I think the prayer is fairly cohesive with the epiclesis either before or after the Words of Institution, but it seems to have more internal sense when the epiclesis remains in the older position. Depending on how you choose to position the epiclesis, the resulting prayer will resemble either the Book of Common prayer 1552—1662, or the Book of Common Prayer 1928. Either way, the prayer looks an awfully lot like the Book of Common Prayer, and therefore shows how thoroughly Anglican our worship tradition is.

Oh, one more thing. I haven’t adapted any proper prefaces for this prayer yet. I think it would be very easy to adapt the language of the seasonal prefaces provided in the Book of Worship if you wanted to use any of those.

The prayer is provided for your use below. I think it would work well as an option for any United Methodist Eucharistic Celebration. What do you think?

The Lord be with you. And also with you.

Lift up your hearts. We lift them up to the Lord.

Let us give thanks to the Lord our God. It is right to give our thanks and praise.

It is right, and a good and joyful thing, always and everywhere to give thanks to you, O Lord, Holy Father, almighty, everlasting God.

Here the pastor may add a preface proper to the season.

And so, with your people on earth and all the company of heaven we praise your name and join their unending hymn:

Holy, Holy, Holy, Lord, God of power and might. Heaven and earth are full of your glory. Hosanna in the highest. Blessed is he who comes in the name of the Lord. Hosanna in the highest.

Almighty God, our heavenly Father, because of your tender mercy, you gave your only Son Jesus Christ to suffer death upon the cross for our redemption; who made there, by the one offering of himself, a full, perfect, and sufficient sacrifice for the sins of the whole world; and instituted, and in his Holy Gospel commanded us to continue, a perpetual memory of his precious death until his coming again:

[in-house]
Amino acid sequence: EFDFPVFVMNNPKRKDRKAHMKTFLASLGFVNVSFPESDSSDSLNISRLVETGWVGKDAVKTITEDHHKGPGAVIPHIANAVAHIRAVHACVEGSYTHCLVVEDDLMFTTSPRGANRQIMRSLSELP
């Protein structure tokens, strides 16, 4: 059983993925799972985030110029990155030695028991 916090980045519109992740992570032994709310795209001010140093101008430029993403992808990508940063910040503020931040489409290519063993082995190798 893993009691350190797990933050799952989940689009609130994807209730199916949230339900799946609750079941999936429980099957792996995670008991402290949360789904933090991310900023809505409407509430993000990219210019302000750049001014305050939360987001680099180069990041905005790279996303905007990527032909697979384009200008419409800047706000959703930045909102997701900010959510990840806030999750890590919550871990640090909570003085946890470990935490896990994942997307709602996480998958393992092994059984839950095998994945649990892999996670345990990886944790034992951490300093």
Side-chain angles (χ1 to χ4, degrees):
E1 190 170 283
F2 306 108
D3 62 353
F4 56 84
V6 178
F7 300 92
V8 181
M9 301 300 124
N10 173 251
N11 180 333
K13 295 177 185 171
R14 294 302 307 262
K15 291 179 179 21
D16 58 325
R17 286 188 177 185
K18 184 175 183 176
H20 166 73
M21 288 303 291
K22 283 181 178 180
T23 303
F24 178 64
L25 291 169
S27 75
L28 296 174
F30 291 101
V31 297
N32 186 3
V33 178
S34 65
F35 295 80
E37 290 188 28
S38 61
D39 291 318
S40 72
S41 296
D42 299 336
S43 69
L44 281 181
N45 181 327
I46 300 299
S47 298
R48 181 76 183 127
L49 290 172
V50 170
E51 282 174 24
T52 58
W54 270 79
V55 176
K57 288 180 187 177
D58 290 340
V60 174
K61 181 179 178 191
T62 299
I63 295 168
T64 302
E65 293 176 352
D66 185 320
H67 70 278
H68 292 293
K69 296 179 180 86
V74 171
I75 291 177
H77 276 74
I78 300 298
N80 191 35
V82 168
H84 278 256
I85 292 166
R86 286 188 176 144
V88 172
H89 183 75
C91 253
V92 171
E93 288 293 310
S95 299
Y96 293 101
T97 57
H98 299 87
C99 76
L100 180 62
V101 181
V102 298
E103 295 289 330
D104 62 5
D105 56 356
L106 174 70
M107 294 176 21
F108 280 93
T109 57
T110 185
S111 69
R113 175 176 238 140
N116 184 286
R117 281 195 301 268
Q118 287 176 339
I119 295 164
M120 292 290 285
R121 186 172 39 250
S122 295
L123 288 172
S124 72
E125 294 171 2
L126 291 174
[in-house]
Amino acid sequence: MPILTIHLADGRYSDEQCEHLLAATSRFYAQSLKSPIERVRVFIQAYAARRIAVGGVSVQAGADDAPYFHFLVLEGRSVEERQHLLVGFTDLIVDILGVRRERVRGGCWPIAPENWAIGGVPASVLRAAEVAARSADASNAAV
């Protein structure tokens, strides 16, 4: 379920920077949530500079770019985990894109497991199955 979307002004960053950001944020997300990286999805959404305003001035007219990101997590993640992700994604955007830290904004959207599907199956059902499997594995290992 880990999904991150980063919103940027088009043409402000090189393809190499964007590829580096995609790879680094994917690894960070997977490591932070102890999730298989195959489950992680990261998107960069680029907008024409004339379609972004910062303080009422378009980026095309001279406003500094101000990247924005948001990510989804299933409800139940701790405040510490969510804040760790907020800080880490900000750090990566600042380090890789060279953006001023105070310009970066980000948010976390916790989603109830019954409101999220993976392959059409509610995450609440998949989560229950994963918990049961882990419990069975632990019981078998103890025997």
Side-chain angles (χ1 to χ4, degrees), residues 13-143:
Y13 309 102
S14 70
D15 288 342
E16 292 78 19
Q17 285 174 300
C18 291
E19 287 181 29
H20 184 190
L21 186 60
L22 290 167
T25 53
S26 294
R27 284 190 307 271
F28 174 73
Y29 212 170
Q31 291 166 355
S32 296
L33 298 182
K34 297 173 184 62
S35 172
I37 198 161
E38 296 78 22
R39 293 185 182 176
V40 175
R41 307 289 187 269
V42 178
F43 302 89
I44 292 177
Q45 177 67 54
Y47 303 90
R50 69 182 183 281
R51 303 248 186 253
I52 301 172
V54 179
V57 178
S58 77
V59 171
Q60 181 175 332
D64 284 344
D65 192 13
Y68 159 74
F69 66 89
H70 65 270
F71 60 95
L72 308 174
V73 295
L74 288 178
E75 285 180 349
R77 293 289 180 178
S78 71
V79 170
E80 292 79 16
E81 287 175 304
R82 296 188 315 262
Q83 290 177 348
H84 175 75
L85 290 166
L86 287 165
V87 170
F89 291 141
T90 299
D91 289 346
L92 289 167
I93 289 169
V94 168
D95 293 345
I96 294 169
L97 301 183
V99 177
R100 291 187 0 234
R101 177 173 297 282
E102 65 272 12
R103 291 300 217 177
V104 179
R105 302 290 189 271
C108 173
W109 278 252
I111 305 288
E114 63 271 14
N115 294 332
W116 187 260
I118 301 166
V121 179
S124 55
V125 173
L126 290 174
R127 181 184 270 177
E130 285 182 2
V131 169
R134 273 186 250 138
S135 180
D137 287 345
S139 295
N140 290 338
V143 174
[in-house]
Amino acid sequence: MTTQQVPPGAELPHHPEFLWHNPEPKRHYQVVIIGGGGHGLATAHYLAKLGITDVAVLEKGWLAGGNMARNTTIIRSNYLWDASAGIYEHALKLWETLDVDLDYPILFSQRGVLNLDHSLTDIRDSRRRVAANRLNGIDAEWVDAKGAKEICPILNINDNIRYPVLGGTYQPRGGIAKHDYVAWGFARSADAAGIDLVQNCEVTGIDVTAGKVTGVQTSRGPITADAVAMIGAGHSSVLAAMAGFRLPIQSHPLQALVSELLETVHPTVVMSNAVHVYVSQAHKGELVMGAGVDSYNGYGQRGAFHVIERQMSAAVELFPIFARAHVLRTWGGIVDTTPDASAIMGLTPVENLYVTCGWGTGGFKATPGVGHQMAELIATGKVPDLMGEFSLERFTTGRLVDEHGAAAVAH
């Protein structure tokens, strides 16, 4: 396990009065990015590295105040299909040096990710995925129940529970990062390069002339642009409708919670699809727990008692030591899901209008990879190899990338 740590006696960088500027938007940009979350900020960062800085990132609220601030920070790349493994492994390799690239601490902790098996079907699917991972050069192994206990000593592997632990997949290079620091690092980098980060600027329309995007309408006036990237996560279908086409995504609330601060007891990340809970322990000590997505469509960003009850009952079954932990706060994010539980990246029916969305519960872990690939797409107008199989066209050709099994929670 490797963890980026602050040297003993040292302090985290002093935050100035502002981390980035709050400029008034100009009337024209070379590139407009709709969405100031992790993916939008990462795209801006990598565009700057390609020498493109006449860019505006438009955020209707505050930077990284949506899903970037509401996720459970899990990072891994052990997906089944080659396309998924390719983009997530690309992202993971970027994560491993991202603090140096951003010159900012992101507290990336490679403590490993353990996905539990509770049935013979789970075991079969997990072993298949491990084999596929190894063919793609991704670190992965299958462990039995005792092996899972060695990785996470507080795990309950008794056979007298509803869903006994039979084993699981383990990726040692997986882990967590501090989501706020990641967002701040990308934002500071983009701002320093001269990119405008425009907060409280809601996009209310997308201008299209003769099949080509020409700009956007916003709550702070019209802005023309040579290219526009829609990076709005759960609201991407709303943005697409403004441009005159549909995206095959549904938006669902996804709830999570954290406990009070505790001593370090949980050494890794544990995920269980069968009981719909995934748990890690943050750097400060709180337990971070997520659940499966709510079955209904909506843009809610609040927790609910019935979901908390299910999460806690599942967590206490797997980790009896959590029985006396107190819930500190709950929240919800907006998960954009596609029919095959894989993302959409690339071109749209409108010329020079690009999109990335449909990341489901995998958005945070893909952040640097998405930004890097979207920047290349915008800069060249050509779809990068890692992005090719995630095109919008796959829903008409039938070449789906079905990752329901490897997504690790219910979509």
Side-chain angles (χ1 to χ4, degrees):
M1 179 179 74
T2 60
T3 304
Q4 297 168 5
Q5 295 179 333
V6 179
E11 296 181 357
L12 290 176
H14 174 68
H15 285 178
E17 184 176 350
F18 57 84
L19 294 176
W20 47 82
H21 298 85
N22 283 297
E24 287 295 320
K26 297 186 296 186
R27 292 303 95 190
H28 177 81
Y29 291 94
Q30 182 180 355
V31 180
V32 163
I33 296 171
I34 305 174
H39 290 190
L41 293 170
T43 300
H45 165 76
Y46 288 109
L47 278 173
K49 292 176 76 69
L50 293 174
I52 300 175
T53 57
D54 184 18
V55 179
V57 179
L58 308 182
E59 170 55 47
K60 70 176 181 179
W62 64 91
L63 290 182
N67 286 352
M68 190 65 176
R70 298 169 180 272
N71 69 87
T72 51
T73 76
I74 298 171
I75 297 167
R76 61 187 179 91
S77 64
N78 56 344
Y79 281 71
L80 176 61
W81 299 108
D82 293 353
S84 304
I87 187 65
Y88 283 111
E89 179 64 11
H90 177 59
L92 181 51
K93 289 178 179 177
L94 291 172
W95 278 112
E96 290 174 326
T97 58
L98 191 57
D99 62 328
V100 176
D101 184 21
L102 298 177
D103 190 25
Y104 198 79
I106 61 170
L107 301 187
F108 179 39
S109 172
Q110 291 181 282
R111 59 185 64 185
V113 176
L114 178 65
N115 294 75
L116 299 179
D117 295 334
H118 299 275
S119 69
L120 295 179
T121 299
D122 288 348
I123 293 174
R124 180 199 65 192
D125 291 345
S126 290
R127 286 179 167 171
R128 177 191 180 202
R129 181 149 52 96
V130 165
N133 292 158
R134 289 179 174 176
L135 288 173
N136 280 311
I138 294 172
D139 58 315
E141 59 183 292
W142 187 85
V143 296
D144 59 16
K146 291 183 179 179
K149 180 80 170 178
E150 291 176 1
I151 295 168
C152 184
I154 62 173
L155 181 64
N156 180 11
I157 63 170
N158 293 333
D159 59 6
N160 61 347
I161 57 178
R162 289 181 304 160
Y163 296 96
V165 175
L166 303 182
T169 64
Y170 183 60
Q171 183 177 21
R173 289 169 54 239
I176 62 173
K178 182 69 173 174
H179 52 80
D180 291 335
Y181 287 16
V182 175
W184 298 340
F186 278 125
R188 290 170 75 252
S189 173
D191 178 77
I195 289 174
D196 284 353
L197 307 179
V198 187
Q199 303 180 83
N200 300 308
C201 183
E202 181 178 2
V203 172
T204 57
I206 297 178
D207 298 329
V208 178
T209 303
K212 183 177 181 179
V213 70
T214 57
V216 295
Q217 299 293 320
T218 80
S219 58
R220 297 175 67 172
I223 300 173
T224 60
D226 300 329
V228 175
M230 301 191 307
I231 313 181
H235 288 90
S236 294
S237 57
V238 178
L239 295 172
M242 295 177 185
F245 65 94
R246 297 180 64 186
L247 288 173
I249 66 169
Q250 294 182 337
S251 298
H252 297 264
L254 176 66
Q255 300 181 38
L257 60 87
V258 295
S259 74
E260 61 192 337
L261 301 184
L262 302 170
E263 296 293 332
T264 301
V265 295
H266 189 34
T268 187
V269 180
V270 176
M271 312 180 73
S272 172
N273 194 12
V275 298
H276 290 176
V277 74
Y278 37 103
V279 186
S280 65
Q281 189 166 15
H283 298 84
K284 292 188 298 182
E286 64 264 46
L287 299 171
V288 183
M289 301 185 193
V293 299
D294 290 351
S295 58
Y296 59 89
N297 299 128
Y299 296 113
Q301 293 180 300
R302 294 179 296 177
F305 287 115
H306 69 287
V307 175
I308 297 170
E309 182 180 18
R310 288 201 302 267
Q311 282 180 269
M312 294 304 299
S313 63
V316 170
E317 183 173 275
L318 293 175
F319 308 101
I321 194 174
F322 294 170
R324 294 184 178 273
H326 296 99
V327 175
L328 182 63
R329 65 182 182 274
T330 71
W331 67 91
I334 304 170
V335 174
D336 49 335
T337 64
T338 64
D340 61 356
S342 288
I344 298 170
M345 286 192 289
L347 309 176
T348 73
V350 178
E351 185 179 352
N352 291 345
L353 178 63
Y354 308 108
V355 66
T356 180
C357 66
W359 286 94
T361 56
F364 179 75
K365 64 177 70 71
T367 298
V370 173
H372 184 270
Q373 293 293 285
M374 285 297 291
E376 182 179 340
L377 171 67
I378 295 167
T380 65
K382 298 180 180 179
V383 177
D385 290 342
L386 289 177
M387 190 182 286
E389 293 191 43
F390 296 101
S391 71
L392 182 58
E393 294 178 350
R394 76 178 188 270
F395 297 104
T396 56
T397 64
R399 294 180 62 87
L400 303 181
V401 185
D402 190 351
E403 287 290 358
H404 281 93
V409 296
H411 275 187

Hear us, O merciful Father, we humbly pray; and bless and sanctify with your Word and Holy Spirit these gifts of bread and wine. Make them be for us the body and blood of your Son our Savior Jesus Christ, that we, receiving them according to his holy institution, in remembrance of his passion, death, and resurrection, may be partakers of the divine nature through him:

Who, in the same night that he was betrayed, took bread; and when he had given thanks, he broke it, and gave it to his disciples saying, “Take, eat; this is my body which is given for you. Do this in remembrance of me.”

Likewise after supper he took the cup; and when he had given thanks, he gave it to them saying, “Drink all of this; for this is my blood of the New Covenant, which is shed for you and for many, for the forgiveness of sins; do this as often as you drink it, in remembrance of me.”

And so, in remembrance of these your mighty acts in Jesus Christ, we offer ourselves in praise and thanksgiving as a holy and living sacrifice, in union with Christ’s offering for us, as we proclaim the mystery of faith:

Christ has died. Christ is risen. Christ will come again.

Accept, O Lord, this our sacrifice of praise and thanksgiving; and grant that, by the merits and death of your Son Jesus Christ, and through faith in his blood, we and your whole Church may obtain forgiveness of our sins and all other benefits of his passion. And here we offer and present ourselves, our souls and bodies, to be a reasonable, holy, and living sacrifice, humbly praying that all who share in this Holy Communion may be filled with your grace and heavenly benediction.

And although we are not worthy, because of our many sins, to offer you any sacrifice, we ask you now to accept this our true and proper worship, not weighing our merits, but pardoning our offenses; Through Jesus Christ our Lord, by whom, and with whom, in the unity of the Holy Spirit, all honor and glory is yours, Father Almighty, now and for ever. Amen.

By Timothy Hankins

A theologian, pastor, and writer who seeks to teach and live the fullness of the ancient Christian faith. Anglican in a Wesleyan way (read: Methodist).